Business leaders and politicians across Tayside and Fife said they were horrified by the prospect of a Scottish-wide lockdown.
Angus Council leader David Fairweather described recent events as “utter chaos”.
The county had been relieved to be placed in Tier 2 restrictions from yesterday, after suggestions it could be made subject to neighbouring Dundee’s more stringent terms.
He said: “Where we are going with this now is absolutely just mind-blowing for me, it really is.
“It must be mind-blowing for a lot of people hearing what is going on today.
“They must be thinking ‘what on earth is going on with our politicians?’
“Here we are on day one of the new tier system and we are hearing it could all change already.
“I just think it really should be given a chance to see if case numbers fall.”
Mr Fairweather said the notion politics could influence such a decision is hard to accept.
He said: “Politics should not be coming in to this. It should not be playing a big part in decisions relating to health – we should be looking at it area by area.
“Angus has low rates like in some other parts of the country, so possibly moving into a Tayside-wide Tier 3 didn’t seem particularly fair to start with.”
The leader of Perth and Kinross Council, who last week also battled to keep his region out of Tier 3, said a national lockdown would be a “bitter pill to swallow”.
However, Murray Lyle accepted Scotland-wide Tier 4 restrictions could be needed to prevent local hospitals from reaching breaking point.
Speaking after a surge in cases across the region, including outbreaks at Perth High School, Perth Grammar School, Goodlyburn Primary and at Simon Howie’s main factory in Dunning, he said it was “disappointing” to hear that national measures were being considered.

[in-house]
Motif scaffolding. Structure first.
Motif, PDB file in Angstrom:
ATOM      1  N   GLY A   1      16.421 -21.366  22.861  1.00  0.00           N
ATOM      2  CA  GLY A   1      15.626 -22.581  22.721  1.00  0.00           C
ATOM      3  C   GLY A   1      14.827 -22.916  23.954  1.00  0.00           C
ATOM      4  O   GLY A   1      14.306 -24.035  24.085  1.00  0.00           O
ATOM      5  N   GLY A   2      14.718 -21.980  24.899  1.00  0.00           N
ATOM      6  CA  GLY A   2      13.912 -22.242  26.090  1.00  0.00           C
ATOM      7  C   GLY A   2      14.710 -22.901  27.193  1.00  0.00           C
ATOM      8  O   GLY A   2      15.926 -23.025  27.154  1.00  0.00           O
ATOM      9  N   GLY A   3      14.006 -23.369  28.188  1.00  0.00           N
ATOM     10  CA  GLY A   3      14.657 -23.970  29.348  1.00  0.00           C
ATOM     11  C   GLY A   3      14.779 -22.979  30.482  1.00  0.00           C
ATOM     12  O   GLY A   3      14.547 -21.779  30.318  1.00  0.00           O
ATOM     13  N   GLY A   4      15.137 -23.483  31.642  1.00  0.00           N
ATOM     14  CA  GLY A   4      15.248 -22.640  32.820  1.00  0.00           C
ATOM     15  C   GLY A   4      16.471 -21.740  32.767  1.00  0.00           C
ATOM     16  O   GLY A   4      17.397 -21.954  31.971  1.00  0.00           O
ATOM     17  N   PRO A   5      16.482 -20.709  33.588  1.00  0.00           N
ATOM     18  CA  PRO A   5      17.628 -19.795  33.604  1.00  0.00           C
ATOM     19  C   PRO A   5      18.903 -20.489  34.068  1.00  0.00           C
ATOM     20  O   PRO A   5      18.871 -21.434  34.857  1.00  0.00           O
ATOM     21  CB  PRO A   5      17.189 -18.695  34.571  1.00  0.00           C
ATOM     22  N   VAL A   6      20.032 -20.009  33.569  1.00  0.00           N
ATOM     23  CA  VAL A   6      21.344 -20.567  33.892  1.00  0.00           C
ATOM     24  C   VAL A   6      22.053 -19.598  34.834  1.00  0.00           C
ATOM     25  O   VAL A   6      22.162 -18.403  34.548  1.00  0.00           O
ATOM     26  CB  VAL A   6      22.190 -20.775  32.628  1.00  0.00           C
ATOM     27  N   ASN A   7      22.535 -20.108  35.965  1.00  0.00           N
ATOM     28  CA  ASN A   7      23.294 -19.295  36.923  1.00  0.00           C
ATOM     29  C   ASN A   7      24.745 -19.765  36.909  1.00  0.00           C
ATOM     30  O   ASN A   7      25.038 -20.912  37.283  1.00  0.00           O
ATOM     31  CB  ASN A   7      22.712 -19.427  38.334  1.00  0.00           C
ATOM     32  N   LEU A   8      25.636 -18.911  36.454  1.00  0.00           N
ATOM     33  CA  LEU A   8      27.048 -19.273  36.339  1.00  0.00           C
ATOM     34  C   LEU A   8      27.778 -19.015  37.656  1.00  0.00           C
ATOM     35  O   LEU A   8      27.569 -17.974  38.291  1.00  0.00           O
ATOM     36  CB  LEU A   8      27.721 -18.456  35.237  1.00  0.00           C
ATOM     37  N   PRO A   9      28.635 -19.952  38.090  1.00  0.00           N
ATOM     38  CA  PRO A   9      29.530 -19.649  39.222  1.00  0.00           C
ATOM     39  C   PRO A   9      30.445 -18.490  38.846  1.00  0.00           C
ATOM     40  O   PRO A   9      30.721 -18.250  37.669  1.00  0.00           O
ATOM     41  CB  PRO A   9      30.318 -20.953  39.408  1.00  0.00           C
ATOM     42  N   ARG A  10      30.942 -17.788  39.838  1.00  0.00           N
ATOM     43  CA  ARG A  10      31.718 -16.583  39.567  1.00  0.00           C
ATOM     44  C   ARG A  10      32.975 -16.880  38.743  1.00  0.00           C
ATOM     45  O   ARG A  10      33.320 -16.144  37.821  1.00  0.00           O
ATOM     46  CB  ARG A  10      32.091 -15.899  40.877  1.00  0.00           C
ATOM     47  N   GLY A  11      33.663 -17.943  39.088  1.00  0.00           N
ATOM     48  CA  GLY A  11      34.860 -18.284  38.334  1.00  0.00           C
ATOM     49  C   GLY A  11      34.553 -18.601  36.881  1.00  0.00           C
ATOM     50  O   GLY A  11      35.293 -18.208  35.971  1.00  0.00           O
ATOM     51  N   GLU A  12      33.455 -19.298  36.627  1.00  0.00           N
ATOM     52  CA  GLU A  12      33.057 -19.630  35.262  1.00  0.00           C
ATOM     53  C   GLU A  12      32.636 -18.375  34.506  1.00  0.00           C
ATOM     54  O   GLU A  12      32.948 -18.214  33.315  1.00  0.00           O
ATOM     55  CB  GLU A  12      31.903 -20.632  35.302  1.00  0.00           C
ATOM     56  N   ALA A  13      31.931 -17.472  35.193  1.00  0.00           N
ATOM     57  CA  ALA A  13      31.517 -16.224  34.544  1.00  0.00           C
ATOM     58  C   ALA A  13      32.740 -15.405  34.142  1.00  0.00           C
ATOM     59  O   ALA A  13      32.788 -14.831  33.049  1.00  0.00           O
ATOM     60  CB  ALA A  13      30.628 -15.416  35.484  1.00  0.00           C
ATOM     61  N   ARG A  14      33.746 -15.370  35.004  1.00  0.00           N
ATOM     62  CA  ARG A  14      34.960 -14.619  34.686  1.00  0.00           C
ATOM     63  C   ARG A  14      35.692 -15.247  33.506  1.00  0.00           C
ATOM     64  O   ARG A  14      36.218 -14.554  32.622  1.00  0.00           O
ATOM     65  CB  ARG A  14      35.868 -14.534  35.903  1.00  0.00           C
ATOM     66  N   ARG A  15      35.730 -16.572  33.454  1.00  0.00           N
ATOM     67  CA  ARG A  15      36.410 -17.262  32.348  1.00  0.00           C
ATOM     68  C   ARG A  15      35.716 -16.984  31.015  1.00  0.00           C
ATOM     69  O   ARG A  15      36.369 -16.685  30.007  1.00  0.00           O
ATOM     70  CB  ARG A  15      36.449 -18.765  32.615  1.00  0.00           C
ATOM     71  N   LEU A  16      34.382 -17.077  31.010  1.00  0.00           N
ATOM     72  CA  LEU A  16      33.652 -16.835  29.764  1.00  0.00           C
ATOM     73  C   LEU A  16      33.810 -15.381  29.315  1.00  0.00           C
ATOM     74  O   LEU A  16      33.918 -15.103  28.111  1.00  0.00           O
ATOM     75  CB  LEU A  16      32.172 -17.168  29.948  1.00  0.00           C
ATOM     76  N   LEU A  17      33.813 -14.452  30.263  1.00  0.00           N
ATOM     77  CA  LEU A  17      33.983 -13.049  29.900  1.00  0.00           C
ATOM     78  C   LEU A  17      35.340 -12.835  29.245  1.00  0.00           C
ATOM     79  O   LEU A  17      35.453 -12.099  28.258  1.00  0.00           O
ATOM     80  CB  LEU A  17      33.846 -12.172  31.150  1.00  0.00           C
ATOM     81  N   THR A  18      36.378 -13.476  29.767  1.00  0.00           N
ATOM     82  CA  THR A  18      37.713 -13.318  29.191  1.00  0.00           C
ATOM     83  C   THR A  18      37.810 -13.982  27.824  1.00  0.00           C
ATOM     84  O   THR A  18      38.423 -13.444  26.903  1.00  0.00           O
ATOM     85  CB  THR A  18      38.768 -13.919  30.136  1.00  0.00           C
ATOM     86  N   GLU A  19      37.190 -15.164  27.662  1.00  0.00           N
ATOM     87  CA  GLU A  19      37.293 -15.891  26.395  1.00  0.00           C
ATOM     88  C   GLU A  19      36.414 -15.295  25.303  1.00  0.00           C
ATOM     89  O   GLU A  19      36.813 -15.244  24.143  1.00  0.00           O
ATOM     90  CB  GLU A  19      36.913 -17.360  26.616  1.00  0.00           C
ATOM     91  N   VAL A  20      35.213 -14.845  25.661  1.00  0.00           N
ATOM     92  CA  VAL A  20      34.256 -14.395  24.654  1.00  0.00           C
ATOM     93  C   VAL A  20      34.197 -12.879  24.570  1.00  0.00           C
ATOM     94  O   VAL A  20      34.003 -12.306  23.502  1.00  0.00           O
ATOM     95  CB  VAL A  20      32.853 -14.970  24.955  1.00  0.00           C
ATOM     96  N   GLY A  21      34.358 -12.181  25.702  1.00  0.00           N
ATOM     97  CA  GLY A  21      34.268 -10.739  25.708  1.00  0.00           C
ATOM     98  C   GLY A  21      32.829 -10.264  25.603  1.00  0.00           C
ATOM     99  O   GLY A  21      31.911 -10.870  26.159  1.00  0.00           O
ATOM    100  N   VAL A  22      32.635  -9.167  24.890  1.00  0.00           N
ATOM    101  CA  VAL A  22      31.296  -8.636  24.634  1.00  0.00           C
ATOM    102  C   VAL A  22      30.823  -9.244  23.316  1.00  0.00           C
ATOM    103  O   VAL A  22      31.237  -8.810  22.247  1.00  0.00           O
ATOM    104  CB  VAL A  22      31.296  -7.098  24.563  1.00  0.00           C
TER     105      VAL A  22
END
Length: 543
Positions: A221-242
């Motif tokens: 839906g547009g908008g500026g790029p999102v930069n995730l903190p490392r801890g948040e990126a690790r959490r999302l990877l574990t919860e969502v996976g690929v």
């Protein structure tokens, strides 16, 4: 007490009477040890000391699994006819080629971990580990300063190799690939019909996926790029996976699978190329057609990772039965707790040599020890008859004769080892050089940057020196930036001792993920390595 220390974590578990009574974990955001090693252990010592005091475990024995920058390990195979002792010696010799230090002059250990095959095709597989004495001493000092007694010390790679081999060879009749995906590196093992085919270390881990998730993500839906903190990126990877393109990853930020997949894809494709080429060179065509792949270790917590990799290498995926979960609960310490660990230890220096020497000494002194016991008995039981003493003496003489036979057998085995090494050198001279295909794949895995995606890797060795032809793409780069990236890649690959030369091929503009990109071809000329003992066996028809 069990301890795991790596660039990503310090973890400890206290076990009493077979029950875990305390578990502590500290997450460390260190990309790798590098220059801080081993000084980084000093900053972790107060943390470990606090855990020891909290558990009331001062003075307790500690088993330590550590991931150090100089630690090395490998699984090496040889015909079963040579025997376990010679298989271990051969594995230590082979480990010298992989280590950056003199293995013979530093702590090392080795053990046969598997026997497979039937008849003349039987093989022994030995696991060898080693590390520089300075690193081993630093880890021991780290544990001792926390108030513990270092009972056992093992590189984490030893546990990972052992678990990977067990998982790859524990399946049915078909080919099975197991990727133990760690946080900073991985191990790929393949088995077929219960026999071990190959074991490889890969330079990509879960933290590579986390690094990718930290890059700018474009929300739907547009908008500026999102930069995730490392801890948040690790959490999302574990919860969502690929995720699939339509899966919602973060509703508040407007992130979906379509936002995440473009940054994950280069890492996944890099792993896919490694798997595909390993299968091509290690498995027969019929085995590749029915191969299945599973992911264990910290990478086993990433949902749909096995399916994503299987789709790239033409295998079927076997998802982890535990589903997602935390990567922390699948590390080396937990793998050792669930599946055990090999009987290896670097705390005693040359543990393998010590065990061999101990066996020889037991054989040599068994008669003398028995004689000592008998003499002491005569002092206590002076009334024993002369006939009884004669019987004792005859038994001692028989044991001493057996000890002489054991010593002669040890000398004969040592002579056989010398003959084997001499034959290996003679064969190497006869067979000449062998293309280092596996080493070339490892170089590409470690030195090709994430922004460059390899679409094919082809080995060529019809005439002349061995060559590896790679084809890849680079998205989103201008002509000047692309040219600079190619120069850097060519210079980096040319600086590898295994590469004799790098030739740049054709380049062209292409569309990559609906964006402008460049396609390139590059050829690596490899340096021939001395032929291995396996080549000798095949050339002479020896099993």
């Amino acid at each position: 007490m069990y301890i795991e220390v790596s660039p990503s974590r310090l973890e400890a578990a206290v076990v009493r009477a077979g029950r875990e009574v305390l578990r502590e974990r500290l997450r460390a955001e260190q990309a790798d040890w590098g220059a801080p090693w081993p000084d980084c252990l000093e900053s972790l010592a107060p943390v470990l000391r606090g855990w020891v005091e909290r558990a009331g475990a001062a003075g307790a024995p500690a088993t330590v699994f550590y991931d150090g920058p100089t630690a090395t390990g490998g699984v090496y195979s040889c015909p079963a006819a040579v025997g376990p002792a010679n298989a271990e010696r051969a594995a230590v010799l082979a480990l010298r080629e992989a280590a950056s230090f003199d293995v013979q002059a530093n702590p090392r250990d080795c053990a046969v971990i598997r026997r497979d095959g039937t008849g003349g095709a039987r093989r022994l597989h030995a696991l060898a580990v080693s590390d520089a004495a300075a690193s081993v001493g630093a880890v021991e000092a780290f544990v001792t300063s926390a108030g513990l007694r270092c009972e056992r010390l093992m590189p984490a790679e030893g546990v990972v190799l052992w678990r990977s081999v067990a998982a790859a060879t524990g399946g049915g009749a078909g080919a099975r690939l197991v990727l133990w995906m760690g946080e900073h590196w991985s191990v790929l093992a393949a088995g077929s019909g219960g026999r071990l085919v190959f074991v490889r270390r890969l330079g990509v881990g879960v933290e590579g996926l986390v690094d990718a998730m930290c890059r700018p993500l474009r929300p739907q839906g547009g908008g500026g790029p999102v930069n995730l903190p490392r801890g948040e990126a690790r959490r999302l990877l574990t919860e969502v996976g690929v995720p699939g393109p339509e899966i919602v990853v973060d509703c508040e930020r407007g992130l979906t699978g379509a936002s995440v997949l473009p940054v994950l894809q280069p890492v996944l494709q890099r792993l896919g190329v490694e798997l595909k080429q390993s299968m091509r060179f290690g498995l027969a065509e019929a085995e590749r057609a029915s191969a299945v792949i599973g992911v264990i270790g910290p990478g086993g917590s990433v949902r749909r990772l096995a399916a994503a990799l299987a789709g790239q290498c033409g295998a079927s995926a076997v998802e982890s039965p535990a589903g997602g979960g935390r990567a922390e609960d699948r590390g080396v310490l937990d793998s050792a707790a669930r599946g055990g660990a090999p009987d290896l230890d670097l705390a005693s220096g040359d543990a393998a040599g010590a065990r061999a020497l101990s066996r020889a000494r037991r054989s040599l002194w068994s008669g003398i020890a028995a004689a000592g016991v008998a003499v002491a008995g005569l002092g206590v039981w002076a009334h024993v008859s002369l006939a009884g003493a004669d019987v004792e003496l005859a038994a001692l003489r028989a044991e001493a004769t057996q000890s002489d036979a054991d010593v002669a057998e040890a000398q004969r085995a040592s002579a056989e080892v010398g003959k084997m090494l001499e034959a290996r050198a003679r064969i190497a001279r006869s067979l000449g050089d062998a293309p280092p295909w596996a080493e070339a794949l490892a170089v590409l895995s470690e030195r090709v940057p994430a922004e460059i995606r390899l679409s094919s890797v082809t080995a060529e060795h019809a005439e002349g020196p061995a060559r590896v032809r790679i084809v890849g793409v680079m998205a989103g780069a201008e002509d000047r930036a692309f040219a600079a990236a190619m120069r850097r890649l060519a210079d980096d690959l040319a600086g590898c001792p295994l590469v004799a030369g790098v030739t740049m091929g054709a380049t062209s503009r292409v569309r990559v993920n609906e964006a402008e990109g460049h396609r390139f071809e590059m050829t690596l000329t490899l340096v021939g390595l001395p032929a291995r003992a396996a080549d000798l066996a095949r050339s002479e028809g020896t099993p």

He added: “I fully understand that there is a national concern that our health service could become overwhelmed and, if a lockdown is deemed appropriate, we should make every effort to adhere to it.
“We need to get this over and done with sooner rather than later, so potentially we can all have some kind of Christmas.
“There has been a significant escalation in local cases from a week ago, when we were preparing for decisions around tiers. We have about five or six schools now which have been affected in some way – we didn’t have that problem a week ago.
“It will be a bitter pill to swallow, given we don’t have the prevalence of the virus that other areas have, but if it’s part of the greater good then we should make every effort to support it.”
Fife Licensed Trade Association secretary Jeff Ellis said pub and restaurant owners have taken a “fatalistic” view.
He said the situation was difficult enough for the licensed trade and moving further towards lockdown would be the final straw for many.
He said furlough assistance would go a long way to helping many businesses but that it
was too late for some.
“For years now the licensed trade has been an easy one for politicians to kick and this is another example of people wanting to be seen to be doing something.
“I would love to be positive but the more I read, the more it looks grim, and that’s without talking about what’s next on the horizon – Brexit.”
Fife Council’s co-leader David Alexander said: “We should only go to lockdown if it was required to suppress the virus and with the realisation that not every business or job can be protected.
“In terms of the suppression of the virus the position in Scotland and Fife is that we seem to be in a better position than most of the UK though it is still fragile.
“We do not need to go into lockdown right now but if we did we must receive the same financial support which is made available to other parts of the UK.”